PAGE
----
What CVS’s major store closures mean for retail
AAt first glance, it would seem that CVS (NYSE: CVS) have a pretty good year. The drugstore chain’s share price is up about 41% from a year ago, and recently it posted better-than-expected earnings according to its quarterly earnings report.
While the COVID-19 pandemic may have hit retailers across the board, CVS has emerged as a critical stop for testing as well as vaccines. This has undoubtedly generated a lot of traffic in CVS stores this year and helped the pharmacy giant – and its shareholders – enjoy a strong third quarter.
But despite its success, CVS plans to close many of its stores. And that could be very bad news for real estate investors.
Image source: Getty Images.
Reduce your footprint
Over the next three years, CVS plans to close 900 stores, or about 10% of its total footprint. And given that CVS has made a name for itself as a vaccination center, this is somewhat surprising.
On the other hand, in many markets, CVS stores have the potential to compete with each other. So part of the company’s recent strategy is to close locations to avoid too much overlap.
But there’s another reason the company is looking to close stores. Some CVS pharmacies are in such bad shape that closing them may seem like a simpler and more cost-effective alternative to renovating them.
Should Real Estate Investors Be Worried?
CVS shareholders should breathe easy after the company’s latest earnings report. But real estate investors may be less than thrilled with the idea of CVS closings.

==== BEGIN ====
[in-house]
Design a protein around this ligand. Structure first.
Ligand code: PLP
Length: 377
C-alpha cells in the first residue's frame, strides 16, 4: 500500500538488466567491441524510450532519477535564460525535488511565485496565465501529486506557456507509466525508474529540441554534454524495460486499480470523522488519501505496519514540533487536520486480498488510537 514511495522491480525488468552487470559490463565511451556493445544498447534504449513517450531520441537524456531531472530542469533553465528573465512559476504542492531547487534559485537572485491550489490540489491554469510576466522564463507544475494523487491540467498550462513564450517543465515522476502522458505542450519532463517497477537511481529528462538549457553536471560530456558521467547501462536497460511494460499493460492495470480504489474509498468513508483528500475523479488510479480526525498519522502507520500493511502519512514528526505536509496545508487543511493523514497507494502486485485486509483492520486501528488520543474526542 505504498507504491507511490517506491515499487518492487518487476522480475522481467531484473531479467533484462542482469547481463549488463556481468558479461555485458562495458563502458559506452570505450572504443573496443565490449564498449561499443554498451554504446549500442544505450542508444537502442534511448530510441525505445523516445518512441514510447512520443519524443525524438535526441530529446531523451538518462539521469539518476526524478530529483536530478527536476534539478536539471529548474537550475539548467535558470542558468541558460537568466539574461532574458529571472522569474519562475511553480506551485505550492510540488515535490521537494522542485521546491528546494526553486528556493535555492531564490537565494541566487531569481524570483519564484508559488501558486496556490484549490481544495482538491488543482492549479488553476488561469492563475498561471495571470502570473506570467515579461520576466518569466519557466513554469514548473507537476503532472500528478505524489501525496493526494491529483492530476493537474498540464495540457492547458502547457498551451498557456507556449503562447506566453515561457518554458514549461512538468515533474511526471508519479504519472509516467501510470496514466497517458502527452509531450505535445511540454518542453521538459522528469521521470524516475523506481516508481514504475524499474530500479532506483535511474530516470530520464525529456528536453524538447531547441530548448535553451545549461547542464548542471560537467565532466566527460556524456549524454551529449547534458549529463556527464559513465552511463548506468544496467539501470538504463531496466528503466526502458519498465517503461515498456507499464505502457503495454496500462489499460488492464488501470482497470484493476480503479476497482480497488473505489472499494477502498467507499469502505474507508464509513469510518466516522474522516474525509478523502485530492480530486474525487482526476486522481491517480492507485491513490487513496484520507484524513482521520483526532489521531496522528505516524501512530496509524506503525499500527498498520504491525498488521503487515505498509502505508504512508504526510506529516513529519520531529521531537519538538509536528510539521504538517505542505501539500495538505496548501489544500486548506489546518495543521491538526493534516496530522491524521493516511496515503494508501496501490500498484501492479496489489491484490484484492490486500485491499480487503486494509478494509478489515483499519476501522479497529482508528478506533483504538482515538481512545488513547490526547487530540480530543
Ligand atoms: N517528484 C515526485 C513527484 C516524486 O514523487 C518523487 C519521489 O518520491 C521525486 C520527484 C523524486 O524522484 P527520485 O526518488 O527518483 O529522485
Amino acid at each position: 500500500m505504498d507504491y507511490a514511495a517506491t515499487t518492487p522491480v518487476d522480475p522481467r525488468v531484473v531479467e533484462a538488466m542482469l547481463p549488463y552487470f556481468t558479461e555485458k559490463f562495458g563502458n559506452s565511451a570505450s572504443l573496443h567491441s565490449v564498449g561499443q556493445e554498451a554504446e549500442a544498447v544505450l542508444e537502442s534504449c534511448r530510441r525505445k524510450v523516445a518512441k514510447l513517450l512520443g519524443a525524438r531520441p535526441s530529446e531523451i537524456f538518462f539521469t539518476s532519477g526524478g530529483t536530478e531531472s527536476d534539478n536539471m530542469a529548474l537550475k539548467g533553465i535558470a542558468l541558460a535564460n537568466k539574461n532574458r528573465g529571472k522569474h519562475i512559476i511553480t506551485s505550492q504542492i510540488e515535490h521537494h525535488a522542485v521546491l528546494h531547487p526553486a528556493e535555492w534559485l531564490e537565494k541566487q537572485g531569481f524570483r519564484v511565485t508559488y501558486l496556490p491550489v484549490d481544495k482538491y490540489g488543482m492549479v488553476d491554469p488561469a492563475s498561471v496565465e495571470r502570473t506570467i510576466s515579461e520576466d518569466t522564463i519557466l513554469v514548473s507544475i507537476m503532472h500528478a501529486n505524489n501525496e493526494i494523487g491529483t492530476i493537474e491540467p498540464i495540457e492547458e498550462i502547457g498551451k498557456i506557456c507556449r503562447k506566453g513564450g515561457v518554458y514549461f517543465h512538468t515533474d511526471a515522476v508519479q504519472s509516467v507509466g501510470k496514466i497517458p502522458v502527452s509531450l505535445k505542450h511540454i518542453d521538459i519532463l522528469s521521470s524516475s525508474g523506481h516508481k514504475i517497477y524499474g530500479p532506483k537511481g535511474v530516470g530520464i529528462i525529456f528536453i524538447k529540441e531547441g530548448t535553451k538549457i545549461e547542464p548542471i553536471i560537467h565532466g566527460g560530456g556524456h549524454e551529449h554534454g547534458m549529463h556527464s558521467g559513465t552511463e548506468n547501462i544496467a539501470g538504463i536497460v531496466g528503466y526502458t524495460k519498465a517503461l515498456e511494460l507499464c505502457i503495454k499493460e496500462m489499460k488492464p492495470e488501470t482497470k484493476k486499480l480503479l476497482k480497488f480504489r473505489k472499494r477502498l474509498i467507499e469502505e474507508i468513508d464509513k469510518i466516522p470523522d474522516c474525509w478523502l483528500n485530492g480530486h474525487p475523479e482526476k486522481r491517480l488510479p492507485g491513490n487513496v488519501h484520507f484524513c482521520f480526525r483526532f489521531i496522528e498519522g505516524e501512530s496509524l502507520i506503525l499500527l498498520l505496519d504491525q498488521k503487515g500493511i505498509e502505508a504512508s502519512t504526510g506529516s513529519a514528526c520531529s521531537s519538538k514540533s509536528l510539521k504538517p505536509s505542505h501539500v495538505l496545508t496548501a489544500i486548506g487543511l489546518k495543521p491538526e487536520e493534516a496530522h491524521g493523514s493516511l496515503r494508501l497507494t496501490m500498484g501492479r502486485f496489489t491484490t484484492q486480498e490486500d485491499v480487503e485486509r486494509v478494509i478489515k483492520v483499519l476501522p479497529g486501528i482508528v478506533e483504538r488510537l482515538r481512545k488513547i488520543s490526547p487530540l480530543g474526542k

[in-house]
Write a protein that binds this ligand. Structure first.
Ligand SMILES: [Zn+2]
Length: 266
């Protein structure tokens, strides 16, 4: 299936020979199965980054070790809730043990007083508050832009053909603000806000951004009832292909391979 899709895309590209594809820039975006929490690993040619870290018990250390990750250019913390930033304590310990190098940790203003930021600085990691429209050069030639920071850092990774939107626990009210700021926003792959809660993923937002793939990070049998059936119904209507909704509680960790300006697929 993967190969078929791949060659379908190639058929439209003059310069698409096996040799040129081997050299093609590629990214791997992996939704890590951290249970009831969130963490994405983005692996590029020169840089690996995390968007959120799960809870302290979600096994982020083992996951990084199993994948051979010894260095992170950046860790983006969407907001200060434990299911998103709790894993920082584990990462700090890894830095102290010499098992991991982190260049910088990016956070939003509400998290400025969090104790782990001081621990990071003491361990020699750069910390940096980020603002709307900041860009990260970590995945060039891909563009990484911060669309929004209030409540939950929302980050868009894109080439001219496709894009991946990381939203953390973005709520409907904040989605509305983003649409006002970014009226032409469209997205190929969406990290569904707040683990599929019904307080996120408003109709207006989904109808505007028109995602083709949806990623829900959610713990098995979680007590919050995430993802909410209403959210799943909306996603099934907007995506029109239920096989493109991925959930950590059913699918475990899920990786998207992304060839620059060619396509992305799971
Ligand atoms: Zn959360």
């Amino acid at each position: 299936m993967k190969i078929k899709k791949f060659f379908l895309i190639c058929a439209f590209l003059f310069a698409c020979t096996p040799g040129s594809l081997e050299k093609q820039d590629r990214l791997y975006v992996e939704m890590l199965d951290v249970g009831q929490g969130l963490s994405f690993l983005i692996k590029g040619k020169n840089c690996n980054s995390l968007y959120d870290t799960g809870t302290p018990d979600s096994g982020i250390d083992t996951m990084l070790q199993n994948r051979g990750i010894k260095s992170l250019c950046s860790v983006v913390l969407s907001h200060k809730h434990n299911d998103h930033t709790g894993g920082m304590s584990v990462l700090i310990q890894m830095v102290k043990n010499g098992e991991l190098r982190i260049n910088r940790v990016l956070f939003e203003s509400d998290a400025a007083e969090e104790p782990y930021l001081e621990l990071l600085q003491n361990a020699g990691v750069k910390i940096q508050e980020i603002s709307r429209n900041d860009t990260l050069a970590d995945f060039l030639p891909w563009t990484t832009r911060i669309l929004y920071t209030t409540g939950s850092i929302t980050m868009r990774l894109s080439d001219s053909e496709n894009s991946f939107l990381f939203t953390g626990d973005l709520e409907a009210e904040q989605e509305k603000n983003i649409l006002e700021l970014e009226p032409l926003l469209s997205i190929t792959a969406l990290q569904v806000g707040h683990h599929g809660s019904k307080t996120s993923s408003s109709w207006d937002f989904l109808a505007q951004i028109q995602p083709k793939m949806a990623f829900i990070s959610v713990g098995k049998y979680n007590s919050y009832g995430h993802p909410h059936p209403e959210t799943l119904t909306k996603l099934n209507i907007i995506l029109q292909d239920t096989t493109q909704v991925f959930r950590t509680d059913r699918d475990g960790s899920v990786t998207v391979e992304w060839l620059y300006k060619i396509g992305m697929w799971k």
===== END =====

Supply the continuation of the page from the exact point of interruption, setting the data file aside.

CVS typically serves as an anchor point for shopping malls, attracting consumers and enticing other tenants to sign leases to benefit from proximity to a well-known brand. If too many CVS stores close, business owners could end up with a string of vacancies to fill. And considering how many malls are still grappling with vacancies in the wake of the pandemic, that’s not a good thing.
The silver lining, however, is that while CVS may be closing some less desirable and underperforming locations, it recently launched its first virtual primary care service. This could attract more people to its remaining stores as patients track the care they receive online.
CVS is also planning to remodel some of its existing stores to include more healthcare service offerings. And if he is very successful at attracting people, he might look to expand his footprint once he identifies which services seem to be gaining the most traction.
Finally, like it or not, COVID-19 booster shots could become an annual event, similar to how flu shots are given every year. And that, too, is likely to help CVS maintain a constant flow of foot traffic, helping to ensure that its remaining locations remain relevant. In fact, the shopping center vacancy crisis could end up resolving itself somewhat if CVS sees enough volume to justify expanding some of its existing stores and taking back space that other tenants seem. not want.
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Maurie Backman does not have a position in any of the stocks mentioned. The Motley Fool recommends CVS Health. The Motley Fool has a disclosure policy.
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